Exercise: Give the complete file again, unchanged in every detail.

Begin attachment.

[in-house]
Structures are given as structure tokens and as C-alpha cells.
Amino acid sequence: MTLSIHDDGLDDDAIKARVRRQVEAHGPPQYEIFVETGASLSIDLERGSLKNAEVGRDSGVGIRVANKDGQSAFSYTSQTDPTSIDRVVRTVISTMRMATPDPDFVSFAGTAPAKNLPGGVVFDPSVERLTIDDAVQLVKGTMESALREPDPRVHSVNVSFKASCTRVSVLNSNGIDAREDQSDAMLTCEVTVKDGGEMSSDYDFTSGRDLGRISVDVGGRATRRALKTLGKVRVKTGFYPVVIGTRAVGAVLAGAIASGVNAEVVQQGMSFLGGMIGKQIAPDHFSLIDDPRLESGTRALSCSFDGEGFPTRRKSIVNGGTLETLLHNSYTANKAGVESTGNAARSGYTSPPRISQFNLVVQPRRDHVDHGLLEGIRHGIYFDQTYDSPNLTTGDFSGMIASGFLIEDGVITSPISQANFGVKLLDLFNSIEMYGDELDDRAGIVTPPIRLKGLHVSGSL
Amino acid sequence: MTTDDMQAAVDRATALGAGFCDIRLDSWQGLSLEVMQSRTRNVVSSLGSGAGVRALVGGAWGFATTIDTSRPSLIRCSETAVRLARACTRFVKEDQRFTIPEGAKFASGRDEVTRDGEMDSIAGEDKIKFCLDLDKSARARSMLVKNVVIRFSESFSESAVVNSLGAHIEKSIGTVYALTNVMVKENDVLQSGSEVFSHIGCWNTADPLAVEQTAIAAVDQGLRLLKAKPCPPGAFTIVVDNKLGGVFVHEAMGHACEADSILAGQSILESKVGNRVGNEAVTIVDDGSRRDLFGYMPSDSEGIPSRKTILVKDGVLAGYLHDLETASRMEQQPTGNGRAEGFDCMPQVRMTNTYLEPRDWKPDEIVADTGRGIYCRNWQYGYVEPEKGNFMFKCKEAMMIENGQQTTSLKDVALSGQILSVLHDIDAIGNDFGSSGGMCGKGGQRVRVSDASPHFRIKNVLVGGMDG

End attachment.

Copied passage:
[in-house]
Structures are given as structure tokens and as C-alpha cells.
Amino acid sequence: MTLSIHDDGLDDDAIKARVRRQVEAHGPPQYEIFVETGASLSIDLERGSLKNAEVGRDSGVGIRVANKDGQSAFSYTSQTDPTSIDRVVRTVISTMRMATPDPDFVSFAGTAPAKNLPGGVVFDPSVERLTIDDAVQLVKGTMESALREPDPRVHSVNVSFKASCTRVSVLNSNGIDAREDQSDAMLTCEVTVKDGGEMSSDYDFTSGRDLGRISVDVGGRATRRALKTLGKVRVKTGFYPVVIGTRAVGAVLAGAIASGVNAEVVQQGMSFLGGMIGKQIAPDHFSLIDDPRLESGTRALSCSFDGEGFPTRRKSIVNGGTLETLLHNSYTANKAGVESTGNAARSGYTSPPRISQFNLVVQPRRDHVDHGLLEGIRHGIYFDQTYDSPNLTTGDFSGMIASGFLIEDGVITSPISQANFGVKLLDLFNSIEMYGDELDDRAGIVTPPIRLKGLHVSGSL
Amino acid sequence: MTTDDMQAAVDRATALGAGFCDIRLDSWQGLSLEVMQSRTRNVVSSLGSGAGVRALVGGAWGFATTIDTSRPSLIRCSETAVRLARACTRFVKEDQRFTIPEGAKFASGRDEVTRDGEMDSIAGEDKIKFCLDLDKSARARSMLVKNVVIRFSESFSESAVVNSLGAHIEKSIGTVYALTNVMVKENDVLQSGSEVFSHIGCWNTADPLAVEQTAIAAVDQGLRLLKAKPCPPGAFTIVVDNKLGGVFVHEAMGHACEADSILAGQSILESKVGNRVGNEAVTIVDDGSRRDLFGYMPSDSEGIPSRKTILVKDGVLAGYLHDLETASRMEQQPTGNGRAEGFDCMPQVRMTNTYLEPRDWKPDEIVADTGRGIYCRNWQYGYVEPEKGNFMFKCKEAMMIENGQQTTSLKDVALSGQILSVLHDIDAIGNDFGSSGGMCGKGGQRVRVSDASPHFRIKNVLVGGMDG